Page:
INTRODUCTION: An Overview of the Method

SDS/Polyacrylamide Gel Electrophoresis is a method used to separate proteins by molecular weight alone, thus allowing the researcher to isolate a specific sized protein from a mixture of many similar molecules. Isolation of proteins is a valuable tool for molecular biologists, for isolation allows one to clone a protein of interest for further study, as well as to investigate how proteins interact to carry out a specific function. Proteins are instrumental in nearly everything an organism does, including transport (hemoglobin), storage (ovalbumin), defense (antibodies), and many more, some still unknown to science (Campbell 1996).

To better understand how SDS/PAGE works, we must first investigate all components of this procedure by asking what role they play and what results they yield. The components in question are SDS and Polyacrylamide Gel Electrophoresis (PAGE).


SDS (Sodium dodecyl Sulfate):

This is a detergent, or a soap, and can thus work to disrupt a protein's specific conformation by dissolving the hydrophobic molecules on the inside of the polypeptide's tertiary structure, as well as disrupting hydrogen bonds between the parallel regions of the alpha helix and the pleated sheet (Campbell, 1996, White 1995). SDS carries out this task by wrapping around the polypeptide backbone (Purves 1998.) Because proteins come in all shapes, folds and coils, it is important to even the playing field by transforming all molecules to their primary, linear structure (FIG. 1).

Figure 1. This is a cartoon showing a protein with hydrophobic interactions along the inside of the polypeptide. These interactions give the protein a specific conformation which helps determine function, but all secondary and tertiary structures must be disrupted before the proteins are loaded into the gel. At the bottom, the same protein is shown in its linear form after the the SDS "wrapped " around it, eliminating all folds and coils and coating the protein with a negative charge. This image was provided by Malcolm Campbell, 1998. Image Source

By eliminating the differences in conformation, we can now separate the proteins on the basis of molecular weight alone as they move at different rates through the gel. Not only does SDS transform proteins into their primary structure, but it coats each protein with a negative charge. This ensures that proteins will migrate to the positively charged side if the gel. In summary, SDS takes the many folds, coils and tangles that make up protein structure and straightens each one into an identical conformation, coating each protein with a negative charge. SDS prepares the protein for the next step: PAGE.

PAGE (Polyacrylamide Gel Electrophoresis):

Polyacrylamide is a polymer of acrylamide monomers (Campbell 1998). When this forms into a gel, it consists of small pores that make a labyrinth of tunnels and channels through which molecules can migrate. Polyacrylamide, rather than agarose, is the medium of choice for separating proteins by size because its small pore size is necessary for retardation of small molecules (Purves 1998). If run on an agarose gel, proteins, large and small, could migrate freely and end up at the same location.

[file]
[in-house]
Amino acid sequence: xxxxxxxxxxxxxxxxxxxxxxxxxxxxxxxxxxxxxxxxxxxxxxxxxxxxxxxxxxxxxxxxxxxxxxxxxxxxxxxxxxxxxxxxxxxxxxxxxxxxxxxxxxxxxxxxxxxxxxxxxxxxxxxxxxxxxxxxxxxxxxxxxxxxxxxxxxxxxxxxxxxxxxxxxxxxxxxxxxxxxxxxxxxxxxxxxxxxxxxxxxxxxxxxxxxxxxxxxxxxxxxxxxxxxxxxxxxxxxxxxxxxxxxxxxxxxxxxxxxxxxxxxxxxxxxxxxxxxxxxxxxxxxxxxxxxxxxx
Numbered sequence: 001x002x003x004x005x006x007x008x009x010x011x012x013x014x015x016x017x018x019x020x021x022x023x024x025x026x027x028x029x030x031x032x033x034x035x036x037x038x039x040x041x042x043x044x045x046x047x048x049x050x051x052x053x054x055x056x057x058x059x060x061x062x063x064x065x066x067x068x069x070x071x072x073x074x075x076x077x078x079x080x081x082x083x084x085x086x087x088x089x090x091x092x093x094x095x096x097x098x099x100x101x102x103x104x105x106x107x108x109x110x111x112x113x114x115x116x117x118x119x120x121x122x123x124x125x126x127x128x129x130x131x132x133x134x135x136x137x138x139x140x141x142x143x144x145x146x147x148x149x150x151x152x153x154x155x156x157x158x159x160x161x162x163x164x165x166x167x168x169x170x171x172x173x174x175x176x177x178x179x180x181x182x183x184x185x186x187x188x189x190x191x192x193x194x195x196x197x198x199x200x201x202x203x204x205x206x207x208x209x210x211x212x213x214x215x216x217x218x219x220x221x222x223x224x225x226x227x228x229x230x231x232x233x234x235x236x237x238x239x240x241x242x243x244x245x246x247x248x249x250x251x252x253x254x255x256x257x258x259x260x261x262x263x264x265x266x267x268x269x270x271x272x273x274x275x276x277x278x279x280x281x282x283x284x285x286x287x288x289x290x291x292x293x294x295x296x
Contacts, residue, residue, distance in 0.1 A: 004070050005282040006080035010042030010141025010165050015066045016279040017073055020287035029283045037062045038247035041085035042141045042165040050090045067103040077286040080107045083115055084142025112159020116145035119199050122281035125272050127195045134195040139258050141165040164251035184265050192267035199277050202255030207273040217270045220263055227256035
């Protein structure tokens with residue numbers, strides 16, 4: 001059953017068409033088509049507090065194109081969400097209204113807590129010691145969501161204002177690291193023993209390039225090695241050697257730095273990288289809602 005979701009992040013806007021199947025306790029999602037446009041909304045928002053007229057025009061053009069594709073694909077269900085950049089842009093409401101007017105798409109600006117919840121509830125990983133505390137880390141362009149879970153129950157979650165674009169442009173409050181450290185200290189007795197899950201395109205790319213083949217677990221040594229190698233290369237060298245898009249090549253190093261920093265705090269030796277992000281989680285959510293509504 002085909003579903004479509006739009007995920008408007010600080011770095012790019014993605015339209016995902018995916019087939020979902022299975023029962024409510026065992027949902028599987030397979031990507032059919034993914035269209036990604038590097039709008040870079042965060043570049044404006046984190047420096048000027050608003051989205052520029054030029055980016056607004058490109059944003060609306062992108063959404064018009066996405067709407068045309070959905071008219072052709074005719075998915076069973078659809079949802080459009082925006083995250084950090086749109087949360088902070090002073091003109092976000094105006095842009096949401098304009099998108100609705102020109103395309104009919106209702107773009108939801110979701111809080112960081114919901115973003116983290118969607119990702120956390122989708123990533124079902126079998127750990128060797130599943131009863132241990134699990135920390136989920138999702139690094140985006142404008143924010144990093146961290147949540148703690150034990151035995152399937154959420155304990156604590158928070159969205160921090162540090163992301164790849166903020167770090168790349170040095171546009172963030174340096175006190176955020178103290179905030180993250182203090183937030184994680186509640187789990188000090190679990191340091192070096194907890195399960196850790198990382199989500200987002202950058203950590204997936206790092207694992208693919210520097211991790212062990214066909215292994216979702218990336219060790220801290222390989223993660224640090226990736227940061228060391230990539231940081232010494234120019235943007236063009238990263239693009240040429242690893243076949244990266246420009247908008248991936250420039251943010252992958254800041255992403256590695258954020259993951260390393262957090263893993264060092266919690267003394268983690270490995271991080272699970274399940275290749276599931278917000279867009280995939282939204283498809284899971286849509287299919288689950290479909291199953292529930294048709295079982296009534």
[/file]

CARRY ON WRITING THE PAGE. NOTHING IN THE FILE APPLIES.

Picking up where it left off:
Consider the proteins, denatured and coated with a negative charge with SDS, as each moves through the gel. Most proteins will be of different lengths, for different numbers of amino acids bond to form the primary structure of a protein. Proteins will vary in their number of nucleotides, and thus will have different molecular weights. If you load the proteins at the negative charged pole, all proteins will migrate towards the positive pole at different rates as the larger ones find it more difficult to fit through the smaller pores. Hitting such a roadblock forces the molecule to back up and try a different route, slowing it down in the process. The smaller proteins can fit through these tighter channels, and thus have more options on paths to take. Not hindered by as many roadblocks, the smaller proteins will migrate through the gel at a faster rate. What you should end up with is a gel that shows the smaller, faster proteins located near the positive pole by a band, and the larger, slower proteins nearer to the negative pole, shown by another band (Fig. 2).

Figure 2. This is photograph of an SDS/PAGE after the proteins migrated through the labyrinth of polyacrylamide. This photograph was ptaken by Byron Faler, Tom Beadle and Dr. John Williamson of the Davidson College Biology department on Sept. 17, 1997. Image source

Of course, the number of different sized proteins will determine the number of bands you see, but this procedure does not guarantee that all proteins located at a band will be the same. Polyacrylamide separates proteins by molecular weight alone, neglecting to differentiate between amino acid sequence. It is possible to have two proteins of the same molecular weight with differing amino acid construction (Campbell 1998).

For links to sites about SDS/PAGE, select from the following:

Protocol for pouring the gels

University of Cape Town dept. Microbiology


1. Campbell, N.A. Biology . 4th ed. The Benjamin\Cummings Publishing Co. INC. NY, New York:1996. Pp 73-79).

2. Campbell, M. A. "SDS/PAGE (Polyacrylamide Gel Electrophoresis)". 1998. <> (30 January 1998).

3. Faler, Byron. "SDS-PAGE Example". 1997. <> (16 February 1998).

4. Purves, M. Rybicki, E. "SDS Polyacrylamide Gel Electrophoresis (SDS-PAGE)". <> (8 January 1998)

5. White, Brian. "Southerns, Northerns, Westerns, & Cloning: Molecular Searching Techniques". 1995. <> (23 January 1998).

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